If you've been paying attention so far, you'll know that THIS is the moment in our story when our coverage really diverges away from the mainstream version of what happened, but bear with me, because we certainly aren't being 'alt' for no reason!
The version of the KW which I plan to present in this series is this: far from twiddling its thumbs and living in blissful ignorance of the threat to Korea and Taiwan, Acheson and some newly installed, more hardline colleagues determined that Korea could have some real value as a piece of bait. This bait could draw first the North Koreans and then the Chinese in, while Taiwan would be secured, a new frontline against communism would be drawn in Asia, and, most importantly of all, Washington would wrest approval in these desperate times for a manifold explosion in its defence budget, from $15 billion to $70 billion, as we have seen.
"No people in history have preserved their freedom who thought that by not being strong enough to protect themselves they might prove inoffensive to their enemies." Such was the opinion of NSC68, our boo for this series, and the key to understanding why the US pursued the foreign policy that it did. Having tried and failed to disarm the Soviet capabilities through diplomacy, plan B looked to contain the Sino-Soviet bloc, although it was tacitly acknowledged that to bluff the Soviets from a position of weakness would be a recipe for disaster.
NSC68 did not mean war with the Soviets - it meant the creation of a military industrial complex that would enable Washington to contain communism, and peacefully dictate to Moscow from a position of strength. Episode 13's useful bombshell was thus that Sino-Soviet alliance, because without it, the Truman administration could never have turned American fortunes around as they did, and the US may well never have emerged as the supreme military power in the Cold War. This, and some other musings, are our episode 13, so I hope you enjoy it!
Episode 14: The Race To Ruin
...examines the Asian theatre in spring 1950, and the different concerns which the North Koreans, Soviet and Chinese leaders grappled with. At the apex of these concerns was the alternative plan of Mao's, as Mao desperately wanted to invade Taiwan, and end the Chinese Civil War once and for all before either American support or some form of republican resurgence on that island threatened China. This fear of the implications for Chinese security in Taiwan compelled Mao to act entirely as Stalin expected.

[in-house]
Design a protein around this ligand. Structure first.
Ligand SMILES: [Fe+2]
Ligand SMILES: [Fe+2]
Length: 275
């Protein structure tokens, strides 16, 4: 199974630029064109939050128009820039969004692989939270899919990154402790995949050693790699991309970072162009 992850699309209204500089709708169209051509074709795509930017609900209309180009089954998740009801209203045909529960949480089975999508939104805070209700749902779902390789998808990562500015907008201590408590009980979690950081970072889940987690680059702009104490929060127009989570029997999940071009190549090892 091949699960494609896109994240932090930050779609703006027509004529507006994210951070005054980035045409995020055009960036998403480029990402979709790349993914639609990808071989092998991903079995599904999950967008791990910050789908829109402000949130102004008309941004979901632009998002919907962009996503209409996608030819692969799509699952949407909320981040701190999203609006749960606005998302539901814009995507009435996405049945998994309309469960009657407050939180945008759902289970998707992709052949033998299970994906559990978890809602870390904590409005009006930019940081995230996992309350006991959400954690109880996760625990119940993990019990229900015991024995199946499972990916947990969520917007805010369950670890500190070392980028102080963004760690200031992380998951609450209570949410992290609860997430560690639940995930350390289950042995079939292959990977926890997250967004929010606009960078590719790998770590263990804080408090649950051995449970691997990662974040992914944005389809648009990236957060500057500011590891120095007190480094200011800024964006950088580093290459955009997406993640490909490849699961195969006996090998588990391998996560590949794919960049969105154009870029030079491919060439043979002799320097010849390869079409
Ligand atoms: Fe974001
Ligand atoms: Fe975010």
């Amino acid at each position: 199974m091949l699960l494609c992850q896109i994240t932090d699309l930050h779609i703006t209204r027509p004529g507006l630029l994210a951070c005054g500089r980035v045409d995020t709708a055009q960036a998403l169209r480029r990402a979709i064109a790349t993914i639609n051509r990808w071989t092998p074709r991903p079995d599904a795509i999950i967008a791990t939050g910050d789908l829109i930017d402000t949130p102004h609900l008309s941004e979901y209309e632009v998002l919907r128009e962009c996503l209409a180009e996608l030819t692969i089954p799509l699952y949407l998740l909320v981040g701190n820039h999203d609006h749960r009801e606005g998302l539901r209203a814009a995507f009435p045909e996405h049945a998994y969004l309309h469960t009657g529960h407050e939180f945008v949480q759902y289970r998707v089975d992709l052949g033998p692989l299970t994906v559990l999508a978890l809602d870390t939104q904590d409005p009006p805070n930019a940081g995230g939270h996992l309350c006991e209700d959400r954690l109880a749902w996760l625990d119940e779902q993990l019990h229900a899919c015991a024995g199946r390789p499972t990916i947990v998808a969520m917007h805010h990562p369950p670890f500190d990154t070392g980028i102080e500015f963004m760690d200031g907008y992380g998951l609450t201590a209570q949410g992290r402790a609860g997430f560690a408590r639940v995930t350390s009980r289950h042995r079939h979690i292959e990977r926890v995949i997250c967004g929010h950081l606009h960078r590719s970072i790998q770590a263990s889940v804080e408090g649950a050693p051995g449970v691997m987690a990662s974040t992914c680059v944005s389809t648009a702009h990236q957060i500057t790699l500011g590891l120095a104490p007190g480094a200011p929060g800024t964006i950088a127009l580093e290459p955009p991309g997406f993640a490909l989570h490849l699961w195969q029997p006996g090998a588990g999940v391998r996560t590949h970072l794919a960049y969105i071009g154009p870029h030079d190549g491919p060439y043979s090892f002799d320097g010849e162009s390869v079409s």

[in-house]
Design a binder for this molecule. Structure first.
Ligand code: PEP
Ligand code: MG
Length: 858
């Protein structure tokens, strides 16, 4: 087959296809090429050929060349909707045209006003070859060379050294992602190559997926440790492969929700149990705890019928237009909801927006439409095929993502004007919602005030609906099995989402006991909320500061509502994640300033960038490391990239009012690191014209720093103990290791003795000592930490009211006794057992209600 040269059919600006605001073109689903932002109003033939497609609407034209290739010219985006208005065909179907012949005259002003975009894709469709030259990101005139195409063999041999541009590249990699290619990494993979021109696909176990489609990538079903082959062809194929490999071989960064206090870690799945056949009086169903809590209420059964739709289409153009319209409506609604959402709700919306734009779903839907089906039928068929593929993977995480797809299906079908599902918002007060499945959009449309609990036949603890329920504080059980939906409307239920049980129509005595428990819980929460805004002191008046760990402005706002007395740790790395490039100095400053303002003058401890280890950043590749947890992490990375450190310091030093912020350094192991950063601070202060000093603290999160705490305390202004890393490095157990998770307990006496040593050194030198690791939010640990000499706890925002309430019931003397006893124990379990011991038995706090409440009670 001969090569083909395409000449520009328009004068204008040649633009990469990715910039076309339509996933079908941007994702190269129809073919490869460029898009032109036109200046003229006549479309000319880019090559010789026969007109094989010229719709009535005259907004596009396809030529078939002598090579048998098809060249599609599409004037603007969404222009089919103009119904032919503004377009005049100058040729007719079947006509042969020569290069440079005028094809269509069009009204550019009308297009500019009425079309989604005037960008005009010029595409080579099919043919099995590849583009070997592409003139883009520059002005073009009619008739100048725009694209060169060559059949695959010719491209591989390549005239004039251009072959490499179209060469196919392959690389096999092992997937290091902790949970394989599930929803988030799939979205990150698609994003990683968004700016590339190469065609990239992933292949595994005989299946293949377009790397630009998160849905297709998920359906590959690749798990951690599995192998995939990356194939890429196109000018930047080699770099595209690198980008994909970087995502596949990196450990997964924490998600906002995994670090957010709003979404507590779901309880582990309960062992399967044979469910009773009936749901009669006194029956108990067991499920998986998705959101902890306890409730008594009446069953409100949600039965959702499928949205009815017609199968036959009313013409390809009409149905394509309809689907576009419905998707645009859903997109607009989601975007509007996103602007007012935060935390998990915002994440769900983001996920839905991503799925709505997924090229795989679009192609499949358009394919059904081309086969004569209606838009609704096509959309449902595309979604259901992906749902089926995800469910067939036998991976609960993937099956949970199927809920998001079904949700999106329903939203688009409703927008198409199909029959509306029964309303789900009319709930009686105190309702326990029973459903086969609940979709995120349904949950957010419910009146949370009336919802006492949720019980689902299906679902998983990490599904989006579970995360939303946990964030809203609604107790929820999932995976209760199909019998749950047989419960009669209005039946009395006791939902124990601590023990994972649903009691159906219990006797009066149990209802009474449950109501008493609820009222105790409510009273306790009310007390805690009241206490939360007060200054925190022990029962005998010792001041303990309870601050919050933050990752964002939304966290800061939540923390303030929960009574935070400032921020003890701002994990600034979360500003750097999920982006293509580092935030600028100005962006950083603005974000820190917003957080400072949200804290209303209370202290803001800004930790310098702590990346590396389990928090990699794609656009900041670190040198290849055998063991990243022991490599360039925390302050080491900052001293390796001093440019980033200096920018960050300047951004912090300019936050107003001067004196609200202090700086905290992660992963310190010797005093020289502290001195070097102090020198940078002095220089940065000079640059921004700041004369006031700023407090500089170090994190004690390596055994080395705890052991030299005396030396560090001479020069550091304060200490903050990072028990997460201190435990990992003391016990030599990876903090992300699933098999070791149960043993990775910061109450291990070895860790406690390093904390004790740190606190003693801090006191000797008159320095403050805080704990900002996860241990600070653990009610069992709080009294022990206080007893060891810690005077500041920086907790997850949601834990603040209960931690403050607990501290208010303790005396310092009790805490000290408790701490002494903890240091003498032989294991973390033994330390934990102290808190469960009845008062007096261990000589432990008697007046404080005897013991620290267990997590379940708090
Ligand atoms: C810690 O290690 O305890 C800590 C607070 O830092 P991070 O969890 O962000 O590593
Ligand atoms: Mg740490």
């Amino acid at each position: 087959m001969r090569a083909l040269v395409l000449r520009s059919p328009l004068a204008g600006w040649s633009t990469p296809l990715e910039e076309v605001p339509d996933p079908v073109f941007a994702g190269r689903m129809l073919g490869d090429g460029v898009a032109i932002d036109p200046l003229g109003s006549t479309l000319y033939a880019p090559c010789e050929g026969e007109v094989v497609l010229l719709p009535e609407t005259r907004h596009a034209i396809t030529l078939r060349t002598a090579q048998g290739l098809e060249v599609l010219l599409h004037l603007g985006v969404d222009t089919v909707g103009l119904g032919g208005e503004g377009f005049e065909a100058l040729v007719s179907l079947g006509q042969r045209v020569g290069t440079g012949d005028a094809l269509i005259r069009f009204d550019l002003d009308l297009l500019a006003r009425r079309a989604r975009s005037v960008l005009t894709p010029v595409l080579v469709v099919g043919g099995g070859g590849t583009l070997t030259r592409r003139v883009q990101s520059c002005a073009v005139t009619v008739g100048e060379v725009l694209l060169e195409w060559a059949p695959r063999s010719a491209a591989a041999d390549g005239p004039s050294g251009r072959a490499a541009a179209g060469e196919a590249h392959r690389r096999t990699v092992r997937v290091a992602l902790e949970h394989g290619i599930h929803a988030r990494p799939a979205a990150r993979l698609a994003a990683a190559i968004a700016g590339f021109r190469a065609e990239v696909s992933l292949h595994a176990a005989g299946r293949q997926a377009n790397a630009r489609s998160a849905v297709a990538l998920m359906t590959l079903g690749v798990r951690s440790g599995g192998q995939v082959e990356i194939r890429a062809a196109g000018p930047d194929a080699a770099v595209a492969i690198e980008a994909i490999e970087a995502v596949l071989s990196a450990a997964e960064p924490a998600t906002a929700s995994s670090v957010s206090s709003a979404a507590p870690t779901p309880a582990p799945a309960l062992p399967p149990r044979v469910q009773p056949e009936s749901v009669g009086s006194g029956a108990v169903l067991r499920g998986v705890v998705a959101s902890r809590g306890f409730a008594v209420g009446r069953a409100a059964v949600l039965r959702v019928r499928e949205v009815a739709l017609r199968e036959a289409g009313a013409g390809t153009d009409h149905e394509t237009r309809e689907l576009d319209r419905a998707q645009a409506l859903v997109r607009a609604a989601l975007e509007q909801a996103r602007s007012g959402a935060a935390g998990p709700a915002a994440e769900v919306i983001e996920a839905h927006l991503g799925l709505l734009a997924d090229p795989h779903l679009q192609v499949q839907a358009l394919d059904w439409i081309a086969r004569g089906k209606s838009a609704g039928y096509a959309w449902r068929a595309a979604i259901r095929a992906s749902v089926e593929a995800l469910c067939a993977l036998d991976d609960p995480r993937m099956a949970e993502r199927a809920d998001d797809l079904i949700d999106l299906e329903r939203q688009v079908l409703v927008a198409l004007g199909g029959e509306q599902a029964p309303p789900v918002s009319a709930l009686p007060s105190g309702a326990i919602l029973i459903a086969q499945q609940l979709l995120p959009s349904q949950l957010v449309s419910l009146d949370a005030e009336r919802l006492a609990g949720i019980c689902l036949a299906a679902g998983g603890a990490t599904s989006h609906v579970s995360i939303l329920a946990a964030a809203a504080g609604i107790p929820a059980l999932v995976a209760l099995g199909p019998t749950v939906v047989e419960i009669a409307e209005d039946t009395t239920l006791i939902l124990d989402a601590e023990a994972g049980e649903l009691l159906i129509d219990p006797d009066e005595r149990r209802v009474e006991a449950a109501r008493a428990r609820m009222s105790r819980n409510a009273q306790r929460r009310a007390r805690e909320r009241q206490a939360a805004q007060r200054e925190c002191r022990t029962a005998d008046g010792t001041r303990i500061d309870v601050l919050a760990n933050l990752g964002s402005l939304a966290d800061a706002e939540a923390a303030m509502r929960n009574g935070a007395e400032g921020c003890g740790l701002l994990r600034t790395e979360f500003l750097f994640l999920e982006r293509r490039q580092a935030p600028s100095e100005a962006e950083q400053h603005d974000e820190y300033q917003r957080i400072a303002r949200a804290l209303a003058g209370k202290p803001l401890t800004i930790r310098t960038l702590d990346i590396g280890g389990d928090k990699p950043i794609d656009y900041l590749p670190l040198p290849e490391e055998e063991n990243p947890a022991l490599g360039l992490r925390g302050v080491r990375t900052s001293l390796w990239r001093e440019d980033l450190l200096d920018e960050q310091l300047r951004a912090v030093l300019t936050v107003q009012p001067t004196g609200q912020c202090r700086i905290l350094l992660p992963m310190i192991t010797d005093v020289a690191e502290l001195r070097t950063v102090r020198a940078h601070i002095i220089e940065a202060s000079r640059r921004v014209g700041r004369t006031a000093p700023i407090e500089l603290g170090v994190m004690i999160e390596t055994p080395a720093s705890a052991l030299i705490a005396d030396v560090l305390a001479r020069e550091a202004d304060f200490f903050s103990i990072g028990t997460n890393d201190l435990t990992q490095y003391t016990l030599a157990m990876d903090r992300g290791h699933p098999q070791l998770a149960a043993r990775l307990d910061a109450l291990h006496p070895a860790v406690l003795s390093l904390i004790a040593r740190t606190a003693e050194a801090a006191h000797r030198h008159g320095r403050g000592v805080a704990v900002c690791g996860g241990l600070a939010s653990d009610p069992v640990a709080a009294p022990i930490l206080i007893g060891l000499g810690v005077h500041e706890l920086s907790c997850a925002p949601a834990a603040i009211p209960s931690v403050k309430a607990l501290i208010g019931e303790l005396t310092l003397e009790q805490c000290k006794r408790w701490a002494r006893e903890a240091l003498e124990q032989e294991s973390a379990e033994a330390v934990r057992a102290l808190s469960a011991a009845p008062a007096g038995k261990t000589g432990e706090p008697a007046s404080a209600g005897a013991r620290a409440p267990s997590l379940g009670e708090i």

Mao was eager to invade Taiwan, but required Soviet aid to launch such an invasion since he lacked the necessary landing craft. Thus, Stalin held the cards, and he also held them in the Korean case, as supplies began arriving in Pyongyang at the same time as Stalin met with the North Korean delegation over February to April. Important details, and the blueprint of the war were essentially hammered out, and Stalin presented the conflict going the way which Kim had hoped. It would not be a long war, Stalin claimed, but a short sharp one, whereupon the fall of Seoul would cause a pro-Kim uprising in South Korea, and the country would fall without Kim Il-sung having to lift a finger. This, of course, was what Kim Il-sung wanted to hear.
If Kim was being duped by Stalin on this issue, then Mao wasn't doing much better. Gradually, at least, the Chinese leader was beginning to suspect that something was underway in North Korea. Because Stalin kept Mao in the dark on point of principle, Mao couldn't be sure of Soviet moves, but he felt a pressure upon his goals to invade Taiwan, and this was enough to force him to accelerate his plans for an invasion, with or without the necessary craft. This increased preparedness, of course, caused Stalin to increase his own Korean War plans. If Mao managed to seize Taiwan before the Korean War was launched, then Chiang Kai-shek would be absent, and the Sino-American relationship could be potentially healed. To prevent this, Stalin attempted to intercept the Chinese by pushing Kim forward in Korea. It was thus a race, yet on any consideration, it was a race to ruin. Stalin was eager to launch the war, but he was far from eager to actually fight it.
Episode 15: Ignorance Is Bliss
...examines the behaviour of the US towards its South Korean ally. Since the American strategy was now to lure North Korea into attacking, we'll see in this episode exactly how determined the Truman administration was to chronically underfund and jeopardise the security of Seoul. Ignoring the protests, concerns and urgency professed even by some of its own State Department staff, the US behaved as though it had no concept of what was happening in South Korea in spring 1950, and that it did not know that the Soviets were now actively supporting the North as it prepared to invade.